via James Anderson

Two years ago, a tweet featuring the invoice for a fixed boiler went viral because the customer, a 91-year-old woman with leukemia, received the services for free.

"No charge for this lady under any circumstances," the invoice read. "We will be available 24 hours to help her and keep her as comfortable as possible."

The repair was done by James Anderson, 52, a father-of-five from Burnley, England. "James is an absolute star, it was overwhelming to see that it cost nothing," the woman's daughter told CNN.


In March of 2017, Anderson closed his plumbing business and relaunched it as a non-profit known as Depher. Depher is a community project for vulnerable people that provides plumbing services at a discount, and sometimes for free, depending on funding.

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Depeher relies heavily on crowdfunding to deliver its services and recently it received £2,000 from the Duchy of Lancaster Benevolent Fund, the Queen's charity. When finding is low, Anderson offers a 25% discount.

Anderson explains the need for his services on Depher's GoFundMe page.

The safety of our elderly and disabled relies on funding and kindness, without it we may not be able to get to everyone that needs this lifeline.
From when this started in March 2017 we have helped over 1980 people and families, because of donations from the public and from ourselves at northern plumbing and heating ltd.
With this i know that we could make a difference to at least some of the 16.5 million registered elderly and disabled people in the UK and hopefully one day with your help them all.

Sometimes Anderson has to dig down into his own pockets to pay for jobs and he currently owes around £8,000.

"As long as I have enough money to fill up the tank in my car, I will be there to try and help the people who need it," he told CNN.

It all began when Anderson saw another plumbing company trying to manipulate an elderly person.

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"It got me thinking about other elderly and vulnerable people — we need to do something more to help the people who need it most," Anderson said.

"A lot of elderly and disabled people don't like asking for assistance and if they can't afford something like fixing the boiler, they might not do it and get into trouble," he continued. "We are there to take that worry away."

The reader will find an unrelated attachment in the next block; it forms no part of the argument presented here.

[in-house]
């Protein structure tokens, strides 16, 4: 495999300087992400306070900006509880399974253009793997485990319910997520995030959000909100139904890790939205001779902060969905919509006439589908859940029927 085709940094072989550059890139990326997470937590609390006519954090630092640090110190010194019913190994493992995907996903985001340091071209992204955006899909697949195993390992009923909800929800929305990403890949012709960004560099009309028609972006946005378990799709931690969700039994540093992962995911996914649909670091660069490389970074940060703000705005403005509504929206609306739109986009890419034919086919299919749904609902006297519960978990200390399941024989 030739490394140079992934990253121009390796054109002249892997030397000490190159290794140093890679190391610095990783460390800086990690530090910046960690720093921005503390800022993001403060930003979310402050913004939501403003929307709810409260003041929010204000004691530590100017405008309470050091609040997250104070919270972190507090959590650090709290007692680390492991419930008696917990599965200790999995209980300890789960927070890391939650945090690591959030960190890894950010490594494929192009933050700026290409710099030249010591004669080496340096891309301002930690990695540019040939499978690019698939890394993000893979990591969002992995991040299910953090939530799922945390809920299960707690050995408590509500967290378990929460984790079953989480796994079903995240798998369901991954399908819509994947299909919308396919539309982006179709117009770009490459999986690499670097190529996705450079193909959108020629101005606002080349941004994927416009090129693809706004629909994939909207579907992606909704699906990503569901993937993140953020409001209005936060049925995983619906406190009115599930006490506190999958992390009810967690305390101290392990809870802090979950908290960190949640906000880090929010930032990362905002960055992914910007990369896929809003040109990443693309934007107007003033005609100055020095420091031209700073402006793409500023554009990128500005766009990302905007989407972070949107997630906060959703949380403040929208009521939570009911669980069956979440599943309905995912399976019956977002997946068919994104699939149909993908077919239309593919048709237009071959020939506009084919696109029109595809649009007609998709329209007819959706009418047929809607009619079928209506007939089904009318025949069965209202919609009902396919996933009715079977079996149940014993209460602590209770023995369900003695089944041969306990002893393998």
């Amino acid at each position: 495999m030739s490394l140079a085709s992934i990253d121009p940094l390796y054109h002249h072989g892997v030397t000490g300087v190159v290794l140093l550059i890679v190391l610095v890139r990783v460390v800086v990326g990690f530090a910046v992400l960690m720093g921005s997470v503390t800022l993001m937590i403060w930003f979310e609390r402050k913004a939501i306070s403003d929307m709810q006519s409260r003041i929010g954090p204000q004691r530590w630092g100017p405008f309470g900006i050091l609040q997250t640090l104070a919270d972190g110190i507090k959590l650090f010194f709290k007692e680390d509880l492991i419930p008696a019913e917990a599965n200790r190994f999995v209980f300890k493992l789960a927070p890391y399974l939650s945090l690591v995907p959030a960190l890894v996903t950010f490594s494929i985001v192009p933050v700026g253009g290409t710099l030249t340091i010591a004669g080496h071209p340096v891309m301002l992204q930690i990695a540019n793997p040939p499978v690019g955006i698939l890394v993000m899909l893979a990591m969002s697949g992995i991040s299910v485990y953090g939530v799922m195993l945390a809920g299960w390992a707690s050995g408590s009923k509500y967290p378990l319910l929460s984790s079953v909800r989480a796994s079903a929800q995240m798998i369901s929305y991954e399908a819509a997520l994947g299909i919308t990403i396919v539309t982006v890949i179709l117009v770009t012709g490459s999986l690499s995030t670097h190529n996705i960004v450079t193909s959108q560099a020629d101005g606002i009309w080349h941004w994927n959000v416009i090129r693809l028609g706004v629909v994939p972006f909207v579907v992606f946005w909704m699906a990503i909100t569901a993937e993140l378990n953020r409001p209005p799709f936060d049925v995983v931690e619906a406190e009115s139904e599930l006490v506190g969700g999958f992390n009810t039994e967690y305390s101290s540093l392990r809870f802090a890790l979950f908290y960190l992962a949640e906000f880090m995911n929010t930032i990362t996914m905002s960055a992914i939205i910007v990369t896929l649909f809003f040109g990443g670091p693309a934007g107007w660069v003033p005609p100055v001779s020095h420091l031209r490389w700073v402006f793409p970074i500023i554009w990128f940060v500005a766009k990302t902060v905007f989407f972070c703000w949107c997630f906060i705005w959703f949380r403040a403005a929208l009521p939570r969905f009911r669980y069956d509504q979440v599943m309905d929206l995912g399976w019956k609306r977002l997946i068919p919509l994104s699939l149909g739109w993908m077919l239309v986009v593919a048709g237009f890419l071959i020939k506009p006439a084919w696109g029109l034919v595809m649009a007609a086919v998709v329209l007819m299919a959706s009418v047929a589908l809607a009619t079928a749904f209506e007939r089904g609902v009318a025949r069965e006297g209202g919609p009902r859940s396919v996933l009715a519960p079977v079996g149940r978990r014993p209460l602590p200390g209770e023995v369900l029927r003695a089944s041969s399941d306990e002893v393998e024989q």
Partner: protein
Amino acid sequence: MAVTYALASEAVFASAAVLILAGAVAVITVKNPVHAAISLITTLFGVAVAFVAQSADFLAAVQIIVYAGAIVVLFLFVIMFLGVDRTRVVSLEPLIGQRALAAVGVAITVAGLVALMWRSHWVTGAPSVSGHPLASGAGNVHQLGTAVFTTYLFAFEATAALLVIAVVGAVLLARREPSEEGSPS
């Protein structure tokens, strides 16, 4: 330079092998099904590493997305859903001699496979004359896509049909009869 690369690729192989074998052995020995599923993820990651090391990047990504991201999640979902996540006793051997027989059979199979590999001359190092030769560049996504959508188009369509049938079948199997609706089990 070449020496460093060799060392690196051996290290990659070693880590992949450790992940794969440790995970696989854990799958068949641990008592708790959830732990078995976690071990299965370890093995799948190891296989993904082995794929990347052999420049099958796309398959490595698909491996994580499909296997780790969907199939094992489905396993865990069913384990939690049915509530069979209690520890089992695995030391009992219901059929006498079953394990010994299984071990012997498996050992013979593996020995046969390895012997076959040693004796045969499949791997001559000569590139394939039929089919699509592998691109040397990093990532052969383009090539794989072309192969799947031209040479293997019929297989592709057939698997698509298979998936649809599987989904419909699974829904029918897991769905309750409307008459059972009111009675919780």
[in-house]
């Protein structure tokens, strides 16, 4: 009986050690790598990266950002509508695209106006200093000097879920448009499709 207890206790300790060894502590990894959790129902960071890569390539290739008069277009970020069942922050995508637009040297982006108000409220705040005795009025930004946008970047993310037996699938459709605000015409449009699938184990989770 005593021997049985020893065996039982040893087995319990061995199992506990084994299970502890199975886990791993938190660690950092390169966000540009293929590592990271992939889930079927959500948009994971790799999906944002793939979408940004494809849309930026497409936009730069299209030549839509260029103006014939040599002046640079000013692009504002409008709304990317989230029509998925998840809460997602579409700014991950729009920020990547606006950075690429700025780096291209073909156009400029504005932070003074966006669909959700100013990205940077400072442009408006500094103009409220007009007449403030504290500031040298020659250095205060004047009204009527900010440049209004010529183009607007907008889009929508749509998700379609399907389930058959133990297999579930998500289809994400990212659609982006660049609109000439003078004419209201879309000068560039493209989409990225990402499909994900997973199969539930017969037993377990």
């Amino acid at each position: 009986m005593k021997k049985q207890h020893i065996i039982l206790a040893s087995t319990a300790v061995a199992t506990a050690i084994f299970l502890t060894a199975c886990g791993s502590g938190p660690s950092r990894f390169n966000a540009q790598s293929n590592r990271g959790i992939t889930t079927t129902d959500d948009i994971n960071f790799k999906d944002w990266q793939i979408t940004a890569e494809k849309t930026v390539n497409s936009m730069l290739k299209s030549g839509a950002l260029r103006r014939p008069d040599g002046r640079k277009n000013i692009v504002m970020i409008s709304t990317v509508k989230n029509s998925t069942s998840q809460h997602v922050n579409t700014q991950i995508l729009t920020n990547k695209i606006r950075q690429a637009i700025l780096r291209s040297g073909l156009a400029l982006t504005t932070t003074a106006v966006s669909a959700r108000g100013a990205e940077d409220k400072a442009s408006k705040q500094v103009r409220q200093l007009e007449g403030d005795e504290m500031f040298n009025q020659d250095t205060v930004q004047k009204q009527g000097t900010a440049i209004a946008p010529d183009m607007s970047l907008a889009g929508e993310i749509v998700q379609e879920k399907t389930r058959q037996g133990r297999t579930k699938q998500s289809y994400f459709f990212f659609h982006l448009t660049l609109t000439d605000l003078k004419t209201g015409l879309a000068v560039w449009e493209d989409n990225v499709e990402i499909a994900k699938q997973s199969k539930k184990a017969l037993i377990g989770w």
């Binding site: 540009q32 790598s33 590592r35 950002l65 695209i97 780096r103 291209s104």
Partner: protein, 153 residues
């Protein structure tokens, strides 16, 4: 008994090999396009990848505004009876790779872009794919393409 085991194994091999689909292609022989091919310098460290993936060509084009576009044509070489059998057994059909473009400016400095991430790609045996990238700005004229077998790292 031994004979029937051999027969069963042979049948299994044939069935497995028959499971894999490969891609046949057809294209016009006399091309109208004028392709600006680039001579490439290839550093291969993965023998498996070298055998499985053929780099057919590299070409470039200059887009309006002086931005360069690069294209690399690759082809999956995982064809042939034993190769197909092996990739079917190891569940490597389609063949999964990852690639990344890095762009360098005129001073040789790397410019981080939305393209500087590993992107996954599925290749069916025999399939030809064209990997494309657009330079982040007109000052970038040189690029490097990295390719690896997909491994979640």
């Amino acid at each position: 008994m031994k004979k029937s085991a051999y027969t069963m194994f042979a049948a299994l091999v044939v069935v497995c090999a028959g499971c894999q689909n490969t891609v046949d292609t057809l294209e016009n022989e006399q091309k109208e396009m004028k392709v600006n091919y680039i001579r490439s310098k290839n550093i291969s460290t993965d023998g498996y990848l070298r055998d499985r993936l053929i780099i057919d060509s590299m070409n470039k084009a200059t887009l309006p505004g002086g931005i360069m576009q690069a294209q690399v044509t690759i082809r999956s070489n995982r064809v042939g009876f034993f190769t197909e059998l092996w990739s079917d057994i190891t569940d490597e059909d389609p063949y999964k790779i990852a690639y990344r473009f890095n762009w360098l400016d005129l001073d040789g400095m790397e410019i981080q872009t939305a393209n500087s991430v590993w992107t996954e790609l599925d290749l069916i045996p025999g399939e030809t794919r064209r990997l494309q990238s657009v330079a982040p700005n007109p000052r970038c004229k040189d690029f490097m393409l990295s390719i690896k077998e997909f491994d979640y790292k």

via D.e.p.h.e.r Community CIC / Twitter

In the two-and-a half years since he relaunched Depher as a non-profit, he has helped over 2300 vulnerable people.

When we think of the needs of the elderly and disabled we often think about food or health care, but when people are in a vulnerable position, health-wise and/or financially, things begin to deteriorate around the house.

This can create a dangerous environment and also a living space that doesn't allow them to live with dignity.

Anderson is a great example of a person that uses his unique talents to benefit those that really need the help. It begs the question, how can all of us use our unique gifts to help those in need in our communities?

You can contribute to Depher at GoFundMe.

It is safe to say that the wise words of Muhammad Ali stands the test of time. Widely considered to be the greatest heavyweight boxer the world has ever seen, the legacy of Ali extends far beyond his pugilistic endeavors. Throughout his career, he spoke out about racial issues and injustices. The brash Mohammed Ali (or who we once knew as Cassius Clay) was always on point with his charismatic rhetoric— despite being considered arrogant at times. Even so, he had a perspective that was difficult to argue with.

As a massive boxing fan—and a huge Ali fan—I have never seen him more calm and to the point then in this recently posted BBC video from 1971. Although Ali died in 2016, at 74 years old, his courage inside and outside the ring is legendary. In this excerpt, Ali explained to Michael Parkinson about how he used to ask his mother about white representation. Even though the interview is nearly 50 years old, it shows exactly how far we need to come as a country on the issues of racial inclusion and equality.


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